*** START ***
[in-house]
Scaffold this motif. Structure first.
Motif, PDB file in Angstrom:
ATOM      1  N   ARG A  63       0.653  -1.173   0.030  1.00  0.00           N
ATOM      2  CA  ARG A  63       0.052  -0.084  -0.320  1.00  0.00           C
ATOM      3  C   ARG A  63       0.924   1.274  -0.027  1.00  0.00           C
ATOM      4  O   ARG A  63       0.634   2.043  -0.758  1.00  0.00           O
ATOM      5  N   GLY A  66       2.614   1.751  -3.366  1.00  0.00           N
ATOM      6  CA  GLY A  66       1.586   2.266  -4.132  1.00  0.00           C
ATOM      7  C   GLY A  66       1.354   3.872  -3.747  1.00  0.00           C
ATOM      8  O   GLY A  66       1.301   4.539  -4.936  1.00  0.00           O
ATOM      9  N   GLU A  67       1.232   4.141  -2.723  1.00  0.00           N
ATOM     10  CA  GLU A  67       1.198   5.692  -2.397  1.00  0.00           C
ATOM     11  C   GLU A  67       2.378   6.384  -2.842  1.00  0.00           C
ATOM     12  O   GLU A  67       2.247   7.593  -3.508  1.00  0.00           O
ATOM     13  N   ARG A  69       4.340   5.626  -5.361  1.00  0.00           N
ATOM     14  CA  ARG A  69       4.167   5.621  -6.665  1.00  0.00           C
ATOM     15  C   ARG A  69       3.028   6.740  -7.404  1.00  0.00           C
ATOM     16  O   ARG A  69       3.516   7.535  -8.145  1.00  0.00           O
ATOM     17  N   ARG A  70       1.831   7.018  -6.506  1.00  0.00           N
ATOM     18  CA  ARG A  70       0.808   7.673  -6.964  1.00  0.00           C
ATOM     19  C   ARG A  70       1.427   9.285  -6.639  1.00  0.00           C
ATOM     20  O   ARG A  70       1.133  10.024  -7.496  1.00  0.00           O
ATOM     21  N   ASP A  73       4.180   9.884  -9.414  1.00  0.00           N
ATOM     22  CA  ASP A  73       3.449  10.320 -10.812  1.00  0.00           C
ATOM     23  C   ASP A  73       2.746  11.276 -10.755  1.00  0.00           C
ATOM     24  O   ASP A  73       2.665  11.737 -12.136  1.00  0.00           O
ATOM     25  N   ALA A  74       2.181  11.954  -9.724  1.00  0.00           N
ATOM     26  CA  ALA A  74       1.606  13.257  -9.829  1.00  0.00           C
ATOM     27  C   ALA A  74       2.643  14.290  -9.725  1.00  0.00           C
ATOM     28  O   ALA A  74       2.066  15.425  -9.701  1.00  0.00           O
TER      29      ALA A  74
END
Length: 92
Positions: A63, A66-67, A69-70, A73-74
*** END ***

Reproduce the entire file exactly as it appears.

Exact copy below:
[in-house]
Scaffold this motif. Structure first.
Motif, PDB file in Angstrom:
ATOM      1  N   ARG A  63       0.653  -1.173   0.030  1.00  0.00           N
ATOM      2  CA  ARG A  63       0.052  -0.084  -0.320  1.00  0.00           C
ATOM      3  C   ARG A  63       0.924   1.274  -0.027  1.00  0.00           C
ATOM      4  O   ARG A  63       0.634   2.043  -0.758  1.00  0.00           O
ATOM      5  N   GLY A  66       2.614   1.751  -3.366  1.00  0.00           N
ATOM      6  CA  GLY A  66       1.586   2.266  -4.132  1.00  0.00           C
ATOM      7  C   GLY A  66       1.354   3.872  -3.747  1.00  0.00           C
ATOM      8  O   GLY A  66       1.301   4.539  -4.936  1.00  0.00           O
ATOM      9  N   GLU A  67       1.232   4.141  -2.723  1.00  0.00           N
ATOM     10  CA  GLU A  67       1.198   5.692  -2.397  1.00  0.00           C
ATOM     11  C   GLU A  67       2.378   6.384  -2.842  1.00  0.00           C
ATOM     12  O   GLU A  67       2.247   7.593  -3.508  1.00  0.00           O
ATOM     13  N   ARG A  69       4.340   5.626  -5.361  1.00  0.00           N
ATOM     14  CA  ARG A  69       4.167   5.621  -6.665  1.00  0.00           C
ATOM     15  C   ARG A  69       3.028   6.740  -7.404  1.00  0.00           C
ATOM     16  O   ARG A  69       3.516   7.535  -8.145  1.00  0.00           O
ATOM     17  N   ARG A  70       1.831   7.018  -6.506  1.00  0.00           N
ATOM     18  CA  ARG A  70       0.808   7.673  -6.964  1.00  0.00           C
ATOM     19  C   ARG A  70       1.427   9.285  -6.639  1.00  0.00           C
ATOM     20  O   ARG A  70       1.133  10.024  -7.496  1.00  0.00           O
ATOM     21  N   ASP A  73       4.180   9.884  -9.414  1.00  0.00           N
ATOM     22  CA  ASP A  73       3.449  10.320 -10.812  1.00  0.00           C
ATOM     23  C   ASP A  73       2.746  11.276 -10.755  1.00  0.00           C
ATOM     24  O   ASP A  73       2.665  11.737 -12.136  1.00  0.00           O
ATOM     25  N   ALA A  74       2.181  11.954  -9.724  1.00  0.00           N
ATOM     26  CA  ALA A  74       1.606  13.257  -9.829  1.00  0.00           C
ATOM     27  C   ALA A  74       2.643  14.290  -9.725  1.00  0.00           C
ATOM     28  O   ALA A  74       2.066  15.425  -9.701  1.00  0.00           O
TER      29      ALA A  74
END
Length: 92
Positions: A63, A66-67, A69-70, A73-74